How do I deploy changes to a specific scriptworker script?

If you made changes to a specific scriptworker script and you merged your PR, you now have two options:

  • deploy those changes to just that scriptworker script - in which case, push your changes to production-$script (e.g. production-beetmoverscript or production-signingscript)
  • deploy to all of them - in which case, push your changes to production and let all the workers be updated

What happens in a nutshell when we push to the production branches?

The Taskcluster CI jobs rebuild the Docker images and push them to the Dockerhub. There are two pushes happening, one timestamped and one for the latest tag, that’s to be used by CloudOps. They have webhooks setup to trigger, at their turn, should there is a new image pushed. When that happens, their Jenkins pulls that newly pushed image from Docker and mirrors it in their ecosystem and then deploys it in GCP.

What this means is that, if there are sometimes intermittent issues with the deployment in the CloudOps world (race condition in downloading docker images or alike) rerunning the latest push-docker-image job from our CI retriggers their deployment (because timetamped images, rerunning pushes another image even though the underlying code hasn’t changed).

How do I debug locally an image?

Sometimes the deployments fail for missing environment variables or alike. In order to debug a production image, one can download that image from Dockerhub and run it locally. Remember, secrets are passed over via env vars, so you’d have to do something similar on your local machine:

  • for a certain $script, hop on https://hub.docker.com/r/mozilla/releng-{$script} and find the latest image pushed
  • pull that image locally by docker pull mozilla/releng-$script:production--$timestamp-$hash
  • use pass to define some dummy values replacing the one it’d expect in production (e.g. a file called local-prod)
  • run the image locally by doing docker run -ti $(pass show local-prod | grep -v ^# | grep -v '^$' | sed 's/^/-e /') image_name /bin/bash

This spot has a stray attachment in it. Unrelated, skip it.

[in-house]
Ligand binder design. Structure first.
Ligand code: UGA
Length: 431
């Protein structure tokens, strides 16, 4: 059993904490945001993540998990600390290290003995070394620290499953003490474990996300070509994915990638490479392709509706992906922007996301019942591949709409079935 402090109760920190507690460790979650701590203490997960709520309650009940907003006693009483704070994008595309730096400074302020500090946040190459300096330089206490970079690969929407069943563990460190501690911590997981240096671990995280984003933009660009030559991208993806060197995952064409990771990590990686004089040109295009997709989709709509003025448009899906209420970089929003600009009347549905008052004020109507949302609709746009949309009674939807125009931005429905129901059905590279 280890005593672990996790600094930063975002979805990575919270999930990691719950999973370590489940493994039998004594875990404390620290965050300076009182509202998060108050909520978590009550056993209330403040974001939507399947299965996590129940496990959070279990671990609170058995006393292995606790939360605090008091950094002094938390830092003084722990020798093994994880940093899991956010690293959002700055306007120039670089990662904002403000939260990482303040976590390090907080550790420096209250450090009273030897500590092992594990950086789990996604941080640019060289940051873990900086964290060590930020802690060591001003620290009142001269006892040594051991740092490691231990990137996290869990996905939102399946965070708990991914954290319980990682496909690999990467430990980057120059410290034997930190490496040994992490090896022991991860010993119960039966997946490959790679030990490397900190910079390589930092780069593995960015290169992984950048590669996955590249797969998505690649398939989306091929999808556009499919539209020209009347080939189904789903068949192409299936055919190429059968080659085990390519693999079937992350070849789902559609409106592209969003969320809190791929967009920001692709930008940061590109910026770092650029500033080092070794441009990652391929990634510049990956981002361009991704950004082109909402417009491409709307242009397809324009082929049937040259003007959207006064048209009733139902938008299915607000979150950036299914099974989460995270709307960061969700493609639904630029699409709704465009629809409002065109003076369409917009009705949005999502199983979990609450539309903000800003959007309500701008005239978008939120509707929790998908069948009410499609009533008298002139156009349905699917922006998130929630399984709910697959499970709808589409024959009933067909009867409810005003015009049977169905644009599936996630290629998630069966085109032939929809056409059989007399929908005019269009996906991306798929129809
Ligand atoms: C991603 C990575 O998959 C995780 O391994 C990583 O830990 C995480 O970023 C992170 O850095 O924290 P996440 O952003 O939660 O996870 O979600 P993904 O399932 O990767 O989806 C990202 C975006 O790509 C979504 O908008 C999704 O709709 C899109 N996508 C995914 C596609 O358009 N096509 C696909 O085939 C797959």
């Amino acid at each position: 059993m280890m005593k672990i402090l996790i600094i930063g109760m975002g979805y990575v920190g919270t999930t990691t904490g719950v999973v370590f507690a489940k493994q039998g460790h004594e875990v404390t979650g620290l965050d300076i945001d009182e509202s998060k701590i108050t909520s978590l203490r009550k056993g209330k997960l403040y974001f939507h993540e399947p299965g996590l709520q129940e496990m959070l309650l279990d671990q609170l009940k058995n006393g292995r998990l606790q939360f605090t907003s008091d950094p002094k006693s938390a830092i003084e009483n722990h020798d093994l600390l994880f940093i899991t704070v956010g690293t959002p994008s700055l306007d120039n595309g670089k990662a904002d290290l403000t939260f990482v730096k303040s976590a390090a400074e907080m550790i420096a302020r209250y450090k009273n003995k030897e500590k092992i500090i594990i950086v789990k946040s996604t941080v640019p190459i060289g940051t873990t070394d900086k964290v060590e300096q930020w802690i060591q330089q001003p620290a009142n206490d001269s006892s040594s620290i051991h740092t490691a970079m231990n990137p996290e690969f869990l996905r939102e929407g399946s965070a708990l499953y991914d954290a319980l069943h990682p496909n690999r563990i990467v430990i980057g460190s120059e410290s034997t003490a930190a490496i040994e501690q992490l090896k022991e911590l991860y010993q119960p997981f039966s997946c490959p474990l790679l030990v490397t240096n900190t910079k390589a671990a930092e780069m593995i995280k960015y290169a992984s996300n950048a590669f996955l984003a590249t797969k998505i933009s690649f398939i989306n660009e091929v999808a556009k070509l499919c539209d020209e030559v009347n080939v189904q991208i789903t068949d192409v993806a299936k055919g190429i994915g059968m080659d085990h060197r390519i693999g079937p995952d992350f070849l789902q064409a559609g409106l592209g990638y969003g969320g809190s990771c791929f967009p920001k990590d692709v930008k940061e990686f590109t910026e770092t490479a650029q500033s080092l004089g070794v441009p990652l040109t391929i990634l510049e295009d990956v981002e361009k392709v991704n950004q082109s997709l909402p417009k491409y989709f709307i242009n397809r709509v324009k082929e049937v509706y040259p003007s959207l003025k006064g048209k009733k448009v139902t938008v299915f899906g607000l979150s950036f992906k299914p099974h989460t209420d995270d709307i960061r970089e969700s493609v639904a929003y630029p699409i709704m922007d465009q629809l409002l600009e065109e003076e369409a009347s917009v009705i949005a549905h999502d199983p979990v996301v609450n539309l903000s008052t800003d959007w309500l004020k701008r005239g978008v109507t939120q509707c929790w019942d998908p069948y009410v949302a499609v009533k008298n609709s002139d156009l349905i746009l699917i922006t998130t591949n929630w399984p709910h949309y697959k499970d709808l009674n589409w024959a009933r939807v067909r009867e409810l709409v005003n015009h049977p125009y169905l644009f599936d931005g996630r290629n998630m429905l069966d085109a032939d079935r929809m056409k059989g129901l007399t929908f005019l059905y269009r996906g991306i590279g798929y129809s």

where the format of the file is, e.g.

  • once docker container started successfuly, run ./docker.d/init.sh to simulate what the deployment is doing.

How to I update a secret in the new world?

Secrets are now stored in SOPS. Once they are updated there, the scriptworkers need to be (re)taught of their change. In order for that to happen, we need to redeploy the scriptworkers.

A. Updating an existing secret is easier since it only implies updating SOPS and rerunning the scriptworkers (one specific or all of them, depending on the branch chosen when pushing)

B. Adding a new secret needs an extra step, as it needs to be defined in the cloudops-infra files. The general rule of thumb to make this is usually:

1) secrets pushed in SOPS
2) cloudops-infra PR merged
3) scriptworker-scripts deployment to pick-up both changes from above

Why do all other scriptworkers have level 1 and level 3, but signing has level t and level 3?

I believe the intent here was to not cross the streams: if a pool was level 1, then rolling out changes and possibly breaking things should only affect Try, pull requests, or other non-production trees and tasks. Test pools, which were level t, crossed streams: they ran against level 1, 2, and 3 trees, since they don’t create artifacts that we publish to users, and because we have limited hardware test pools that we can’t split up granularly and still maintain adequately sized pools. Therefore, since dep signing, which would usually be level 1, runs against level 1 and 3 trees (e.g. autoland is level 3, but uses dep signing; central is level 3, but only signs shippable builds with prod signing, and signs all other builds with dep signing), and since bustage of the dep signing pools would result in level 3 trees closing, we gave it a level of t instead of 1.

We have since started scheduling some tasks on level 3 trees against level 1 and 2 pools, rendering the above somewhat moot.